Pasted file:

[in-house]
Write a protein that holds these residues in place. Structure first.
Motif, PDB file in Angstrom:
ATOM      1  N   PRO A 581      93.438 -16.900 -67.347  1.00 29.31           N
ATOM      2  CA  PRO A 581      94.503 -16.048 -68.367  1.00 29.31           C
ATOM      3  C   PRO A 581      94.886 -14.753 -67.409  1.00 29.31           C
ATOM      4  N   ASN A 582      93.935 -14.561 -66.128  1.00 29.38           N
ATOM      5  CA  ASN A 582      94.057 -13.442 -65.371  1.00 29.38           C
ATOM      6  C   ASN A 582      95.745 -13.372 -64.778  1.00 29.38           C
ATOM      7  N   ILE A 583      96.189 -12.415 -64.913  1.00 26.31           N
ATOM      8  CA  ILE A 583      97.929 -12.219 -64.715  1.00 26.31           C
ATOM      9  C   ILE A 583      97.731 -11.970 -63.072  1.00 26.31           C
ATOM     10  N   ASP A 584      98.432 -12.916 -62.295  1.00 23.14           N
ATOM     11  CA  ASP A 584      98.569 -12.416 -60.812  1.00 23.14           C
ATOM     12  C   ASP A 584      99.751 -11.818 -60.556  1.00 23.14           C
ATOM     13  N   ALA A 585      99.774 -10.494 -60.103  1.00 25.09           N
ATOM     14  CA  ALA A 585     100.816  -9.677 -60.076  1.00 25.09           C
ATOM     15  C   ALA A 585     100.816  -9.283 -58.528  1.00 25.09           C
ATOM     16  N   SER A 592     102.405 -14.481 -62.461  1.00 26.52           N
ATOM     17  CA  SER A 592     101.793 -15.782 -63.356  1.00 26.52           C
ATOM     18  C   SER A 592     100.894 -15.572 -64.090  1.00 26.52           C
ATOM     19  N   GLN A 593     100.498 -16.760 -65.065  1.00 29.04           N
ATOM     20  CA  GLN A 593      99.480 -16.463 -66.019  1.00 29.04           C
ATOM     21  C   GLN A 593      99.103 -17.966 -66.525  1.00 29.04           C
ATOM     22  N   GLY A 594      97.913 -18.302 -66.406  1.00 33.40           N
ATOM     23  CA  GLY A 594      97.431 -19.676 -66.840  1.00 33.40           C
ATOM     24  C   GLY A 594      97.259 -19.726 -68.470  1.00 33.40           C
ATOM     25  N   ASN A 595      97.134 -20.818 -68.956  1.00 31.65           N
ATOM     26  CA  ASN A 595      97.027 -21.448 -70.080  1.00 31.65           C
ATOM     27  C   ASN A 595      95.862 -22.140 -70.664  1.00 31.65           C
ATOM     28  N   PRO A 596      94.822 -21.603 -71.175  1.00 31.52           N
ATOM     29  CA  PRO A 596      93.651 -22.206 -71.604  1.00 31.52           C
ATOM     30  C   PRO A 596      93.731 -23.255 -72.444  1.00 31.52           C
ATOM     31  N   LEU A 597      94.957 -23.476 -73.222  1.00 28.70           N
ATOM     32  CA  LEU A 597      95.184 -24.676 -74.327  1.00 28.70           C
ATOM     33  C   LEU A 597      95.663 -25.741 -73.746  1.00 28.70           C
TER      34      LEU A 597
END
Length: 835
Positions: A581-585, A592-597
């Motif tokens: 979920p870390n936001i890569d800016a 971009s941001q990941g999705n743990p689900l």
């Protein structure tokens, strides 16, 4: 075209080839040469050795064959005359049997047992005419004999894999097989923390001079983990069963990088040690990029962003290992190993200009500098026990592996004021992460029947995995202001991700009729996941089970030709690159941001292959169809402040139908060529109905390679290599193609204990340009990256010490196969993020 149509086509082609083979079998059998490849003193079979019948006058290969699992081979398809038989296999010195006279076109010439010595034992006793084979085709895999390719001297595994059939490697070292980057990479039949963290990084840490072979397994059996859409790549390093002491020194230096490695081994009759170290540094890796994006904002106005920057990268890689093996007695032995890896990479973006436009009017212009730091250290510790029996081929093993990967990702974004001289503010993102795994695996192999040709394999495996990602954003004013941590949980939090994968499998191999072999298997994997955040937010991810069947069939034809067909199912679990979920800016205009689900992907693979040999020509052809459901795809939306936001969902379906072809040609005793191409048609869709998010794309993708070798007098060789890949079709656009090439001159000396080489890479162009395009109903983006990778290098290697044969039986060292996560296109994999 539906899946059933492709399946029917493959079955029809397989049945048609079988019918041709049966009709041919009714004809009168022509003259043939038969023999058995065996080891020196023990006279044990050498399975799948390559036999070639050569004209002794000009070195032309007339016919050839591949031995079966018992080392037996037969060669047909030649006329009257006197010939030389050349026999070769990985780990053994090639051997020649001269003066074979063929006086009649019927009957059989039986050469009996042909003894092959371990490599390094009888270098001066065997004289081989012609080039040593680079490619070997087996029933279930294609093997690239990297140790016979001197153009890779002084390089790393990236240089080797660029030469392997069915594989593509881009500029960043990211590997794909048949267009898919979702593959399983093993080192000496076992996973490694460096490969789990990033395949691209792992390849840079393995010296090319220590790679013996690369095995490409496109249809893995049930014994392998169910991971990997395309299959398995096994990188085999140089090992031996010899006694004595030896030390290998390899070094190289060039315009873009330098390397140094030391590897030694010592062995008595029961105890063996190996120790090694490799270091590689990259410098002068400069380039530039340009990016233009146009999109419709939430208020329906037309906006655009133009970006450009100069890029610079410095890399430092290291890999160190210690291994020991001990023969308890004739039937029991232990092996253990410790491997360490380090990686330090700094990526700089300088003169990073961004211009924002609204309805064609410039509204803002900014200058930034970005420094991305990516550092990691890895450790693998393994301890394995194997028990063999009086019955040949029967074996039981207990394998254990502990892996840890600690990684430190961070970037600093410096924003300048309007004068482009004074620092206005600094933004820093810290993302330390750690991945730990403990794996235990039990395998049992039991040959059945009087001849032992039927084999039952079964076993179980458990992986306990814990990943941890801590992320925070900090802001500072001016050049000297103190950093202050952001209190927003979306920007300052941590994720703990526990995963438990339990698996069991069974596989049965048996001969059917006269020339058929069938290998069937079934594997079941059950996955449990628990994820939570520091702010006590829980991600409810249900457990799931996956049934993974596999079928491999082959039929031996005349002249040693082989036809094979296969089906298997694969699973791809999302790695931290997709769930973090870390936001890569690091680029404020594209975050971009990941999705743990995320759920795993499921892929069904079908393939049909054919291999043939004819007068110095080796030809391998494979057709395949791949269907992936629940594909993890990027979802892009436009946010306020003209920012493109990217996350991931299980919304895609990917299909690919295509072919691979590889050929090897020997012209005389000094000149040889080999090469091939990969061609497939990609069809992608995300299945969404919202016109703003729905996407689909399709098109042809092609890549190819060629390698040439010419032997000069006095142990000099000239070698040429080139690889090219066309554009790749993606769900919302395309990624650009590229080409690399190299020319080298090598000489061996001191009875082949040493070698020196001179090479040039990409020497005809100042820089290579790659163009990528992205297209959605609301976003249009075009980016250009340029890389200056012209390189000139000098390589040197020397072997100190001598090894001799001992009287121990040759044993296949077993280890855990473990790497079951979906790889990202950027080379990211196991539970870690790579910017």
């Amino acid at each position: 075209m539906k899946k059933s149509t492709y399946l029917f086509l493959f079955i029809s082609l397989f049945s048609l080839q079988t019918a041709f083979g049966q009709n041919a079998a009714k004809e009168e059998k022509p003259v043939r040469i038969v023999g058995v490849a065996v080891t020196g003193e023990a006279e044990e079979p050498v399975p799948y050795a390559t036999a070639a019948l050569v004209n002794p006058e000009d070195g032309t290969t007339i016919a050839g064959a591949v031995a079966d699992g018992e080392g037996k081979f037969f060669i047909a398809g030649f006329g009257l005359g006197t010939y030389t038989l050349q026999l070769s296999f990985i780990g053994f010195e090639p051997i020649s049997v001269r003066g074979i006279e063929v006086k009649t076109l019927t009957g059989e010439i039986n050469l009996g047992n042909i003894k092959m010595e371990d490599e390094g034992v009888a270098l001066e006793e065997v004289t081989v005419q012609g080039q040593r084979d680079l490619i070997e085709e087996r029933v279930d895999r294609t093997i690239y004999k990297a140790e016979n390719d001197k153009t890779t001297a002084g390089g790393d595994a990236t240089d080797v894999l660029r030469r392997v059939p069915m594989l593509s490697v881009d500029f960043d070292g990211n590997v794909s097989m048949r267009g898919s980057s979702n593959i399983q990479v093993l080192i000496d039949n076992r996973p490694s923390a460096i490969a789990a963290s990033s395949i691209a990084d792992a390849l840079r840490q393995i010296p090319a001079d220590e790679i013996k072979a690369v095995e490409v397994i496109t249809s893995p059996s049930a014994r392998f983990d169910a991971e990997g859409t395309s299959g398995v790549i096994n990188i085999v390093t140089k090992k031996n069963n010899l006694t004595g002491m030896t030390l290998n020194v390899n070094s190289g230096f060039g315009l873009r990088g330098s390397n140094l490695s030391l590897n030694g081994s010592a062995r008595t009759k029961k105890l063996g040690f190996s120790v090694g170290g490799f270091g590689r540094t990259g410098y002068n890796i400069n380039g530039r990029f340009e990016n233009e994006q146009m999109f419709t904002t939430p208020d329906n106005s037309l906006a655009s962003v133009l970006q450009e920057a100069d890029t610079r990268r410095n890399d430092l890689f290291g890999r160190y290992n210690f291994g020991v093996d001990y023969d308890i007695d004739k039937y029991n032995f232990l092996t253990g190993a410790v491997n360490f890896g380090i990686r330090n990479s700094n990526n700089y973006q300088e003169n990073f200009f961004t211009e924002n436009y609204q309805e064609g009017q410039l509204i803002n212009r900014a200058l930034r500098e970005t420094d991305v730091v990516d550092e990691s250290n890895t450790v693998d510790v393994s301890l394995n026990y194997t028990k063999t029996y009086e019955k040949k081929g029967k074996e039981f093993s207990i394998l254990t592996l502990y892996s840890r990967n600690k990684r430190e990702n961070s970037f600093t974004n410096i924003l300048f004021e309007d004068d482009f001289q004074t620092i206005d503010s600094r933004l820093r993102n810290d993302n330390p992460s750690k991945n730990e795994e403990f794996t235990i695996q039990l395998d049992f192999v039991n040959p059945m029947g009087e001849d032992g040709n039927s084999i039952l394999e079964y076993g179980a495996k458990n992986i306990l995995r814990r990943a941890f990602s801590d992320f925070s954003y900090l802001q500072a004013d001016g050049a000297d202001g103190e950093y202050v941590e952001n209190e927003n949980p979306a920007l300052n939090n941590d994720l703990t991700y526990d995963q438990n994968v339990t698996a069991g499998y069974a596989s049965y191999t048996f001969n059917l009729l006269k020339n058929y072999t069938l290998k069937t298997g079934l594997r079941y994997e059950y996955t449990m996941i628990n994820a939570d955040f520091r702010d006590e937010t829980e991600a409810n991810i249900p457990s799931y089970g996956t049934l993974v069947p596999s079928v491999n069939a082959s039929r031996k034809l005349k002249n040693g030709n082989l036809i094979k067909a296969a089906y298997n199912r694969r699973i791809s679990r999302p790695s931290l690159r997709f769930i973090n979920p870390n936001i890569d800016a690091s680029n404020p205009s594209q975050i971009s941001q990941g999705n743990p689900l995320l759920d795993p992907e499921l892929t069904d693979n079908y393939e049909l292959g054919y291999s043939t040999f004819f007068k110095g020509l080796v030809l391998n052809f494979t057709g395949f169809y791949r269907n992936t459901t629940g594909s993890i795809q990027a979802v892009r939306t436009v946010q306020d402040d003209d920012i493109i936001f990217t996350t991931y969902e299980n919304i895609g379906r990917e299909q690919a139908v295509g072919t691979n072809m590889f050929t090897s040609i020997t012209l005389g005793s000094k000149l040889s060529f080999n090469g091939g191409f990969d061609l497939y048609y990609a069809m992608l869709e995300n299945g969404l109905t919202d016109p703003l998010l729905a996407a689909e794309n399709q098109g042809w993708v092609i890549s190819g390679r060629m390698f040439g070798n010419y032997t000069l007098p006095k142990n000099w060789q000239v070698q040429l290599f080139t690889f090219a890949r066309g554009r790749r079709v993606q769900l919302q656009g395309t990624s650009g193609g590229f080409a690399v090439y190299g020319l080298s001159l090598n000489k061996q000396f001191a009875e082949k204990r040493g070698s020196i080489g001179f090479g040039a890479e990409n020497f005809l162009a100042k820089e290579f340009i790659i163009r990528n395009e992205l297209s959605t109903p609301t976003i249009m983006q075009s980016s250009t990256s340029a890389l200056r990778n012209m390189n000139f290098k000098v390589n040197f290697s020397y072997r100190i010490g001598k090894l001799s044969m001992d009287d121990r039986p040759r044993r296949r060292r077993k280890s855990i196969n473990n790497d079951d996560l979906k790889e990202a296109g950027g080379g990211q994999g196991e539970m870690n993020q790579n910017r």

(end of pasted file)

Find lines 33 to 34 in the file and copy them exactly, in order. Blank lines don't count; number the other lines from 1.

ATOM     30  C   PRO A 596      93.731 -23.255 -72.444  1.00 31.52           C
ATOM     31  N   LEU A 597      94.957 -23.476 -73.222  1.00 28.70           N